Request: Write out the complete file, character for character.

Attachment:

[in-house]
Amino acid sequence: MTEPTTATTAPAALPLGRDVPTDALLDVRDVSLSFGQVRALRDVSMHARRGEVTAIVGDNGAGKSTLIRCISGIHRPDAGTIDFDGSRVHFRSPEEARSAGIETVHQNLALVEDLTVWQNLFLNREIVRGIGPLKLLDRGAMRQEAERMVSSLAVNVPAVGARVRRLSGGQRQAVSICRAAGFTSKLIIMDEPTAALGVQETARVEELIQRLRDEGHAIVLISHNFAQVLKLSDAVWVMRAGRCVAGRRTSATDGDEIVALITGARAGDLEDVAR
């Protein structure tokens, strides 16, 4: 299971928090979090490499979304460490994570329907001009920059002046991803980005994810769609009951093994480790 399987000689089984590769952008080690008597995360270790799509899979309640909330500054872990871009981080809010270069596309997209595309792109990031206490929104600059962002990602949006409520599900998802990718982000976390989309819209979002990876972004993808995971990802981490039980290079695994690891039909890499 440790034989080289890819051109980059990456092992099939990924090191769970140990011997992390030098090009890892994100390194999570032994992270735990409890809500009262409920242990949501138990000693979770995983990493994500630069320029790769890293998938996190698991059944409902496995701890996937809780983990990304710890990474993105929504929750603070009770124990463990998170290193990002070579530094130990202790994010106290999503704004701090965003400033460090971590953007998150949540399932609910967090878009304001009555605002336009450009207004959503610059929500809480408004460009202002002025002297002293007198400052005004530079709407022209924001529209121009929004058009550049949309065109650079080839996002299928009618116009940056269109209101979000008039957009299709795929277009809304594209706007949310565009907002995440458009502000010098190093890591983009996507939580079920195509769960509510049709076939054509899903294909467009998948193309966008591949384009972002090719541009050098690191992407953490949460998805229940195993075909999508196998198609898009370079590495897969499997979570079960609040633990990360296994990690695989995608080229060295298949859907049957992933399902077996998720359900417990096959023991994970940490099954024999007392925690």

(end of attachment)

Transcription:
[in-house]
Amino acid sequence: MTEPTTATTAPAALPLGRDVPTDALLDVRDVSLSFGQVRALRDVSMHARRGEVTAIVGDNGAGKSTLIRCISGIHRPDAGTIDFDGSRVHFRSPEEARSAGIETVHQNLALVEDLTVWQNLFLNREIVRGIGPLKLLDRGAMRQEAERMVSSLAVNVPAVGARVRRLSGGQRQAVSICRAAGFTSKLIIMDEPTAALGVQETARVEELIQRLRDEGHAIVLISHNFAQVLKLSDAVWVMRAGRCVAGRRTSATDGDEIVALITGARAGDLEDVAR
């Protein structure tokens, strides 16, 4: 299971928090979090490499979304460490994570329907001009920059002046991803980005994810769609009951093994480790 399987000689089984590769952008080690008597995360270790799509899979309640909330500054872990871009981080809010270069596309997209595309792109990031206490929104600059962002990602949006409520599900998802990718982000976390989309819209979002990876972004993808995971990802981490039980290079695994690891039909890499 440790034989080289890819051109980059990456092992099939990924090191769970140990011997992390030098090009890892994100390194999570032994992270735990409890809500009262409920242990949501138990000693979770995983990493994500630069320029790769890293998938996190698991059944409902496995701890996937809780983990990304710890990474993105929504929750603070009770124990463990998170290193990002070579530094130990202790994010106290999503704004701090965003400033460090971590953007998150949540399932609910967090878009304001009555605002336009450009207004959503610059929500809480408004460009202002002025002297002293007198400052005004530079709407022209924001529209121009929004058009550049949309065109650079080839996002299928009618116009940056269109209101979000008039957009299709795929277009809304594209706007949310565009907002995440458009502000010098190093890591983009996507939580079920195509769960509510049709076939054509899903294909467009998948193309966008591949384009972002090719541009050098690191992407953490949460998805229940195993075909999508196998198609898009370079590495897969499997979570079960609040633990990360296994990690695989995608080229060295298949859907049957992933399902077996998720359900417990096959023991994970940490099954024999007392925690």